Here She Comes, Miss Peninsula

If you didn't win this year's pageant, don't worry. You might snag that diamond tiara next year. There hasn't been a better pageant since Bert Parks shuffled of to that great runway in the sky.

Peninsula, Harvard's bastion of Truth, Justice and Femininity has just named this season's Women of the Year. And what women they are--a conservative columnist, a future saint, a dead white woman and a whole group of women who revere a dead white cause.

The champions were obviously culled from an intensive, international search. The Peninsula's Council, aided perhaps by its Auxiliaries and Guardians, has come up with four winners who represent the very essence of proper womanhood.

Our first winner, folks, is Abigail Adams. Mrs. Adams, the Susan Lucci of American Conservatism, has lost the Peninsula nod every year since her death in the early nineteenth century. It was good to see her back in action this year. She's dead, after all, and can't stir up controversy like those pesky living, speaking women you hear so much from these days.

So why Mrs. Adams? According to judge Brent McGuire, it was "refreshing to hear a feminist not only recognize the protective impulse in a man, but also invoke the name of God." Mrs. Adams apparently once wrote to her husband that she (as a woman) was "placed by providence under your protection..." The lazy reader might think that McGuire just meant to call her "a noble but submissive product of her time."


Our next winner: Mother Teresa. Miss Teresa, according to her bio, has served the poor in Calcutta for more than 40 years. It's strange to think that these conservatives could muster up the courage to applaud someone who has given her life to helping people systematically oppressed by an unjust economic and political system. But the Council was apparently willing to overlook that indiscretion and praise her for being a humble, selfless, obedient woman.

Our other two winners have actually done something new since the Eisenhower administration. Maggie Gallagher, a conservative columnist, believes that "women need the support of men...and it is only within the committment of marriage that this support is guaranteed."

And our last victor, the United Daughters of the Confederacy, suffered the criticism of Illinois Senator Carol Moseley-Braun, who, as the first Black female senator ever, clearly represents those "arrogant elites." Moseley-Braun wanted the UDC to get rid of the Confederate Flag on their emblem. Fight on, Daughters.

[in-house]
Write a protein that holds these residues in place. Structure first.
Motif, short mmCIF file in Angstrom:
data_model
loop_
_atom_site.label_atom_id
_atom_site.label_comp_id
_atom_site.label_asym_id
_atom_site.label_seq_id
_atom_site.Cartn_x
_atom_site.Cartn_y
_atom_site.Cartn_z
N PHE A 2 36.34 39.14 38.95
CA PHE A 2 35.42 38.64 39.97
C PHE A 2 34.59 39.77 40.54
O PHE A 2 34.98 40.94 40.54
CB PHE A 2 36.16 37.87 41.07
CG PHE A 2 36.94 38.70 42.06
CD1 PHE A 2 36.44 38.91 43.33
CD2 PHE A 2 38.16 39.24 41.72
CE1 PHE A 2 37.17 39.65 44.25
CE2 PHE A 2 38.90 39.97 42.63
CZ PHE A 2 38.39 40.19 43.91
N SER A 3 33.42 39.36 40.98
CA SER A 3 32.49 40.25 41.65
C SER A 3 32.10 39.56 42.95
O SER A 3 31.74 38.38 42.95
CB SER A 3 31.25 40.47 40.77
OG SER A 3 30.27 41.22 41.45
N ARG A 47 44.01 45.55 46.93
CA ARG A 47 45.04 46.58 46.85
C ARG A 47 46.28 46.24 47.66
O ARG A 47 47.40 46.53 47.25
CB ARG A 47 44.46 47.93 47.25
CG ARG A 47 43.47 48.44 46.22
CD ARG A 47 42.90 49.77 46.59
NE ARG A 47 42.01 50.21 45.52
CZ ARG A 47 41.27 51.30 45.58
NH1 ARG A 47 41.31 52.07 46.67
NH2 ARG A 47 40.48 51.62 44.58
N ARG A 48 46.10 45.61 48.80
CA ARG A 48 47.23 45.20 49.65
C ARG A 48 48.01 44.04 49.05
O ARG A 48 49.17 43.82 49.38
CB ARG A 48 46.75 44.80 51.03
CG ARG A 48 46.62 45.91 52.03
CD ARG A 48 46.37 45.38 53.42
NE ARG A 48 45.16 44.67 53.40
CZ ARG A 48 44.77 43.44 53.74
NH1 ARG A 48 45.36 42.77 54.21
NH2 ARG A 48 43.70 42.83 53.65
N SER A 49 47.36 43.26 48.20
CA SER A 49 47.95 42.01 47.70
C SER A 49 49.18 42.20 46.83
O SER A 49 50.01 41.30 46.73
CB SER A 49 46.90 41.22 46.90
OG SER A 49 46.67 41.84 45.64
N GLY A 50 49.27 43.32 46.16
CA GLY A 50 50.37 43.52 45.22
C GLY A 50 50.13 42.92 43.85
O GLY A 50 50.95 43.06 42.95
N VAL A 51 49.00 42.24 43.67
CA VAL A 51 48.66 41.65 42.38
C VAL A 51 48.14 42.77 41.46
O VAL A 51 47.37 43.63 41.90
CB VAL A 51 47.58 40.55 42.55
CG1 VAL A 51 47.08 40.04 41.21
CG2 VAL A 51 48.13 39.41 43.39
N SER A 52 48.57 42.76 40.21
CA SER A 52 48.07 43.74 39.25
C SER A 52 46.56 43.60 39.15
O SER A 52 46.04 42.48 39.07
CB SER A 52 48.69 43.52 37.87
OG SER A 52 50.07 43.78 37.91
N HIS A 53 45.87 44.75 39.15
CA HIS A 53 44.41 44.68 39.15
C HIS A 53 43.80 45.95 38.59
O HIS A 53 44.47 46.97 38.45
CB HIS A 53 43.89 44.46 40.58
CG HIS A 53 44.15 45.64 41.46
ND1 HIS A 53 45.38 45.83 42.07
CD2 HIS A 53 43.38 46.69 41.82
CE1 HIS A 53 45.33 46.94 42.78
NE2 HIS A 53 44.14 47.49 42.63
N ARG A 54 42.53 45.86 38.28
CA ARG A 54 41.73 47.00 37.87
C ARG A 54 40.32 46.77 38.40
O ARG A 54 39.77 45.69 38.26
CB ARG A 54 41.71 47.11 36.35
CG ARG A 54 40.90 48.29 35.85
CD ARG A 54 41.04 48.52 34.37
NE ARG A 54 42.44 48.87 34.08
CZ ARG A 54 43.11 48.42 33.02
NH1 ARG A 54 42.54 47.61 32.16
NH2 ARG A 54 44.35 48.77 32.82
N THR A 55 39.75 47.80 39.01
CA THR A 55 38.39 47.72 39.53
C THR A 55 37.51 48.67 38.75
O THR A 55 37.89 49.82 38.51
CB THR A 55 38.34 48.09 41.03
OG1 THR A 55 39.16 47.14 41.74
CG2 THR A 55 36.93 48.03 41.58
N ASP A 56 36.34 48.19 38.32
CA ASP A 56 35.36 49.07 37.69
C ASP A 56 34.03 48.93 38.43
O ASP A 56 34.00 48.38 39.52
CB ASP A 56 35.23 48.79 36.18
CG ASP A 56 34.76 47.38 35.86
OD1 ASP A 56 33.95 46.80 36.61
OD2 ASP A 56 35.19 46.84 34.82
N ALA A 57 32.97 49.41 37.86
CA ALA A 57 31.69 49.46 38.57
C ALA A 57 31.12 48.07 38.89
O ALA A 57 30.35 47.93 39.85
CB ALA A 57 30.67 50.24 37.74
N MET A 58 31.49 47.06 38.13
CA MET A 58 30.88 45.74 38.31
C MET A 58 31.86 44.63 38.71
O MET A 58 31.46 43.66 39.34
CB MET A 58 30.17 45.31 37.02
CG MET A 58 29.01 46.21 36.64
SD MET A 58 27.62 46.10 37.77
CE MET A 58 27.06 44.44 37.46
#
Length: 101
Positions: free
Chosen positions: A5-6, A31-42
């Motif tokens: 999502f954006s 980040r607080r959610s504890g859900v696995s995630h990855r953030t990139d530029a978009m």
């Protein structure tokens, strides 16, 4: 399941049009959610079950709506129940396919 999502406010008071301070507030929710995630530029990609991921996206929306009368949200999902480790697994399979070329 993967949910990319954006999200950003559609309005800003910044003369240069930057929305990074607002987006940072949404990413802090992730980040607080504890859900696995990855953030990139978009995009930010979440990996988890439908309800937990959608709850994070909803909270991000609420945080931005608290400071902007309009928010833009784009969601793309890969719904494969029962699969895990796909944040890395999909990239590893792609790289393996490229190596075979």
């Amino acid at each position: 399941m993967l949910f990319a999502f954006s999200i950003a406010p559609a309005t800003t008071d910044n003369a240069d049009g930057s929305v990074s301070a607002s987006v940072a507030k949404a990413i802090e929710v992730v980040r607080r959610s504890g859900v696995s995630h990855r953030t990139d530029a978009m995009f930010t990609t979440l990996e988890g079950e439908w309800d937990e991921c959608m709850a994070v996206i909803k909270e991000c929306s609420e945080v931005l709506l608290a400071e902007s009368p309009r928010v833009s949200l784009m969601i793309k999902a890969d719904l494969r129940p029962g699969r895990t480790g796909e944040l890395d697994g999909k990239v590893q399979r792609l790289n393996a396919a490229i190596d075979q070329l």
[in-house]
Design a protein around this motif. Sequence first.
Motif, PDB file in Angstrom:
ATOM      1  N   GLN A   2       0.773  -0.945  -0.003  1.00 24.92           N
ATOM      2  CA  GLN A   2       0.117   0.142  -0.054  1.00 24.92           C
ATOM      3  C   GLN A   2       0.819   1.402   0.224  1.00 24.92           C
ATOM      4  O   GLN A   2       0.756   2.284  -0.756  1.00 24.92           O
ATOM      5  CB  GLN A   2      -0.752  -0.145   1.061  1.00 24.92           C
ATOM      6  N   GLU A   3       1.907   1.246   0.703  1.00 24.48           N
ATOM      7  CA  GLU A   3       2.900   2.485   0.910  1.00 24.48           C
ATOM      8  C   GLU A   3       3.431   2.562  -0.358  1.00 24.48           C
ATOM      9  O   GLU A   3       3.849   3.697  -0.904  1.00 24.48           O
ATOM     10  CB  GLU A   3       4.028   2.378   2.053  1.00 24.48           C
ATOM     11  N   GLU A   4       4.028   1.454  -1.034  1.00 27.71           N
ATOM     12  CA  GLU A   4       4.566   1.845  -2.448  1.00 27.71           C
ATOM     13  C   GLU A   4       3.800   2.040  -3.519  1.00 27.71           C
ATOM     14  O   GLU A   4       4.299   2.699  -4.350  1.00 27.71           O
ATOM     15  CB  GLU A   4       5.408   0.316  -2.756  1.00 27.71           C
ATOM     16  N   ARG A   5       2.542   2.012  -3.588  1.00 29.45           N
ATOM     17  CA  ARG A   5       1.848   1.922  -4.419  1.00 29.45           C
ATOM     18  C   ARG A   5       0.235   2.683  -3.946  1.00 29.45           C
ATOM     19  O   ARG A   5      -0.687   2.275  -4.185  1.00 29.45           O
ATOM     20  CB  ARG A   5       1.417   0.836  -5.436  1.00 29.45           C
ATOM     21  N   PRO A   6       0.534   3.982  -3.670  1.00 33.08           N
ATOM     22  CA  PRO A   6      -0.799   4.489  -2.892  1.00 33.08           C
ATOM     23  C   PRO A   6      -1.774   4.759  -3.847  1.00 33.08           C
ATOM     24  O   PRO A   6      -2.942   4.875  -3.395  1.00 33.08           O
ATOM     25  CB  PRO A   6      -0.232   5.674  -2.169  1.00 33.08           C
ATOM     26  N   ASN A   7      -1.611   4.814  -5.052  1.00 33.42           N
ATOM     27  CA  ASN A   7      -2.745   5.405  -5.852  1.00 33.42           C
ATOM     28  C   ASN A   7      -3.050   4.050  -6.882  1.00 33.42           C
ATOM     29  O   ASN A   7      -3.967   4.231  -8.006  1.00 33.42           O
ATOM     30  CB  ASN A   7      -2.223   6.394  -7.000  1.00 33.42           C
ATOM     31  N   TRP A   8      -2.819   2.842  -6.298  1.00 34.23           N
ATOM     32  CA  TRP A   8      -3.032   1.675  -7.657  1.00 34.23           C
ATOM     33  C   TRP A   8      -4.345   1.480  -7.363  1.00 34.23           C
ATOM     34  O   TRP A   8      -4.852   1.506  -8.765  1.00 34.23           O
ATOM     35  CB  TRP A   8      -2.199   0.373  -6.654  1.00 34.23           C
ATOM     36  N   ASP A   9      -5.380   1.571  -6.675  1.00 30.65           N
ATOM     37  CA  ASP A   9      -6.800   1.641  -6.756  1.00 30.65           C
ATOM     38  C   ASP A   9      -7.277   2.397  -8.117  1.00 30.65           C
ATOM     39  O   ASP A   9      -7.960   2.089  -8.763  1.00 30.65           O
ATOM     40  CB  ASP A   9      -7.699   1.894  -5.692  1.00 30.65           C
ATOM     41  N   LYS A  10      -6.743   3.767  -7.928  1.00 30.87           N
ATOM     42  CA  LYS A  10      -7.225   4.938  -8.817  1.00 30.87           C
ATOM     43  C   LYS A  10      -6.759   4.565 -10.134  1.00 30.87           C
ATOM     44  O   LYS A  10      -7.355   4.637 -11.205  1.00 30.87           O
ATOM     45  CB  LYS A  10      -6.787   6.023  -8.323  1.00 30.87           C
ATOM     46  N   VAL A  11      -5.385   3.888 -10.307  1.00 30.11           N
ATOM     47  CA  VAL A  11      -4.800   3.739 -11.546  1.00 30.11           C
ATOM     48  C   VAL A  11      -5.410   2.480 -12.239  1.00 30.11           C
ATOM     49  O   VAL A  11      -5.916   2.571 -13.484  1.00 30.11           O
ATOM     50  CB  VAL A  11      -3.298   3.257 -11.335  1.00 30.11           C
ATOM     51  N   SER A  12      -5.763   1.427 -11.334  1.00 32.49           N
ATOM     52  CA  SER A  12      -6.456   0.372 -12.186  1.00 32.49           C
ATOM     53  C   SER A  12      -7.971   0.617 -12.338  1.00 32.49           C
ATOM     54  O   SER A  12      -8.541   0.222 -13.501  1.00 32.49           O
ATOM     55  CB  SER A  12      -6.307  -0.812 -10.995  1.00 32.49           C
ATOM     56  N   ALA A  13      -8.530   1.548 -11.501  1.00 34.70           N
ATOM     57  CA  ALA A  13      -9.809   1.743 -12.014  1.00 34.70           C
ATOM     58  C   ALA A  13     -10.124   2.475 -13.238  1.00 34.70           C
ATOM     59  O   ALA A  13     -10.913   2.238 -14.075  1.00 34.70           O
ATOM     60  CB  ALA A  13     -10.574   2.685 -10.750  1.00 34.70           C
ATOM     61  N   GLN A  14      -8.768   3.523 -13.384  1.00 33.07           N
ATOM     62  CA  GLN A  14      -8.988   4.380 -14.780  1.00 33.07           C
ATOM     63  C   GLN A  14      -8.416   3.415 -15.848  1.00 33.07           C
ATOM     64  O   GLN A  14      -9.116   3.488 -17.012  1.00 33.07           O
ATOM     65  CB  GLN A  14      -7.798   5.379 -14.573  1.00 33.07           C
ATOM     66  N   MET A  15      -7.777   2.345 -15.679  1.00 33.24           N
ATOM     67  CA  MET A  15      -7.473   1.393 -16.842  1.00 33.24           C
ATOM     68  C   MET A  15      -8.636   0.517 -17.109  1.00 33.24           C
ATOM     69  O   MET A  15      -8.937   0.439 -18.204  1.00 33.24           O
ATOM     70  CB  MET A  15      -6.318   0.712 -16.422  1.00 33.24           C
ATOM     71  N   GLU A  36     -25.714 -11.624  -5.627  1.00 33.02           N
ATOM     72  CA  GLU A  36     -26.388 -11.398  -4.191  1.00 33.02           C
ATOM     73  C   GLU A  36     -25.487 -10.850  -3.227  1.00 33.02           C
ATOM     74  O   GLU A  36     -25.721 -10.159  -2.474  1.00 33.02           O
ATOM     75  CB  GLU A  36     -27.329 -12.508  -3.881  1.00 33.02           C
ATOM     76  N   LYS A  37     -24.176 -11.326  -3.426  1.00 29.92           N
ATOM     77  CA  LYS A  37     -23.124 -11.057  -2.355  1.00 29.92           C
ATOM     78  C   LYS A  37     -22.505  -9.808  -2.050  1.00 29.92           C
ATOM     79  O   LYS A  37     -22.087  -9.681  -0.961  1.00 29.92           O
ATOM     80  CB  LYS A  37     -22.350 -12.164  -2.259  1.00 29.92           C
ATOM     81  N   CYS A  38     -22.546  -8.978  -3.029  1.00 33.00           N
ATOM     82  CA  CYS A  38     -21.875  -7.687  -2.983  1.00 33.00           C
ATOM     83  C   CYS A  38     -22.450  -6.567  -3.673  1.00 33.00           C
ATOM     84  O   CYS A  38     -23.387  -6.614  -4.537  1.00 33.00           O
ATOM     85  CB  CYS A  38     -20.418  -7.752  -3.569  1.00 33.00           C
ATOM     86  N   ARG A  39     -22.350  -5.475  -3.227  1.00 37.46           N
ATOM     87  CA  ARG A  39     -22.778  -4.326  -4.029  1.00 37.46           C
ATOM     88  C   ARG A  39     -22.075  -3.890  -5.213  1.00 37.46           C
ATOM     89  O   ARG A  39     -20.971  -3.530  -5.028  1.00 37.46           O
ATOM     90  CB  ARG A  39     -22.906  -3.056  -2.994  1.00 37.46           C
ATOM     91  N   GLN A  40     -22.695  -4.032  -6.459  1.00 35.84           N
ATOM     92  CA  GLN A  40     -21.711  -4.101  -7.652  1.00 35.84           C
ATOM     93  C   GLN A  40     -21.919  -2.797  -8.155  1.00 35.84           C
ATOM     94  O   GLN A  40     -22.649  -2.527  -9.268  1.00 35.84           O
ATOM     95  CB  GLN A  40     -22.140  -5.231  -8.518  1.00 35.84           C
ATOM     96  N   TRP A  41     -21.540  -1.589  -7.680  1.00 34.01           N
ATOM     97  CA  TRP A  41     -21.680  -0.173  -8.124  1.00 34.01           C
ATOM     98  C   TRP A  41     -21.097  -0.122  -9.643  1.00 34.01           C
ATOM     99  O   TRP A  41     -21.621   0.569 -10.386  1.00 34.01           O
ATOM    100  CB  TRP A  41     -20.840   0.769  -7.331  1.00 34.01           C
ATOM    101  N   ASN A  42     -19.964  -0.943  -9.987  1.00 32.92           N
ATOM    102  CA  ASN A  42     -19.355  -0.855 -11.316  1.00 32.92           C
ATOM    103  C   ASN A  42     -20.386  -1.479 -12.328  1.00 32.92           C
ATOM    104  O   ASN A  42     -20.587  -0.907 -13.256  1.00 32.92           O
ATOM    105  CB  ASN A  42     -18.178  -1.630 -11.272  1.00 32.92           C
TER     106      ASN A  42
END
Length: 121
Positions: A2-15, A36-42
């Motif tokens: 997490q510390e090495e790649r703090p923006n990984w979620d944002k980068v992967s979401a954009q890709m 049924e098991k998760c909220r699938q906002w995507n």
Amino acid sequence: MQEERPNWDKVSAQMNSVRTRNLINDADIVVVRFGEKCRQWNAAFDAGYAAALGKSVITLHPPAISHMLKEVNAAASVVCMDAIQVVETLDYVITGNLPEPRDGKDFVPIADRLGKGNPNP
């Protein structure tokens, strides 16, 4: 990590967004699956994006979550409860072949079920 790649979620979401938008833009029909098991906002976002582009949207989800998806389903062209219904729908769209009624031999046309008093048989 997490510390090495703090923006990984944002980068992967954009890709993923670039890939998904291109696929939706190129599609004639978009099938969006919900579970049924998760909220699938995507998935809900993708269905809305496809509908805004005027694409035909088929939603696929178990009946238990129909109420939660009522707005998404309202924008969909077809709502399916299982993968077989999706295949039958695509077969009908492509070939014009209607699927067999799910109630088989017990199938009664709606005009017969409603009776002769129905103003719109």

It must be pretty easy to be a conservative. I should know; I used to be one. Back in the mid-eighties, when I was a wee bairn of thirteen, President Ronald Reagan was one of my greatest heroes. He forced this great country back to the ideals I held dear: humility, selflessness, obedience. I blamed the hostage crisis on Carter; I nearly wept when he lit the Statue of Liberty's torch on the Fourth of July; I called the news media a bunch of bleeding hearts for belaboring that overblown Iran-Contra thing. When other kids wore black armbands on their Underroos after Carter lost the presidency to Reagan, I danced in mine.

I yearned for the days when men and women knew their place, when the welfare state was miniscule and we could dredge up icons like Abigail Adams for their deference and understanding of traditional family values.

But then I grew up. When I made it out of the suburbs and into an urban Jesuit high school, I learned about things like poverty, civil rights and social responsibility. The world was more complicated than the stratified one the conservatives had invented for me. Abigail Adams has been dead for nearly three hundred years now; Mother Teresa does more for this world in one hour than Nixon, Reagan and Bush did all their lives.

Despite the cries of campus conservatives like Sebastian Conley's "Seth Lives" that Harvard doesn't want to understand conservatives, it's hard to believe that they're suffering too badly. All it takes to be a right-winger here is to rewrite history, to turn Abigail Adams into a submissive hausfrau and strip the Confederate Flag of all its racist overtones. To paraphrase Molly Ivins, afflicting the afflicted and comforting the comfortable may have the charm of novelty, but it's not exactly courageous.

Michael K. Mayo '94 is associate editorial chair of The Crimson. The "K" stands for Kennedy. Really.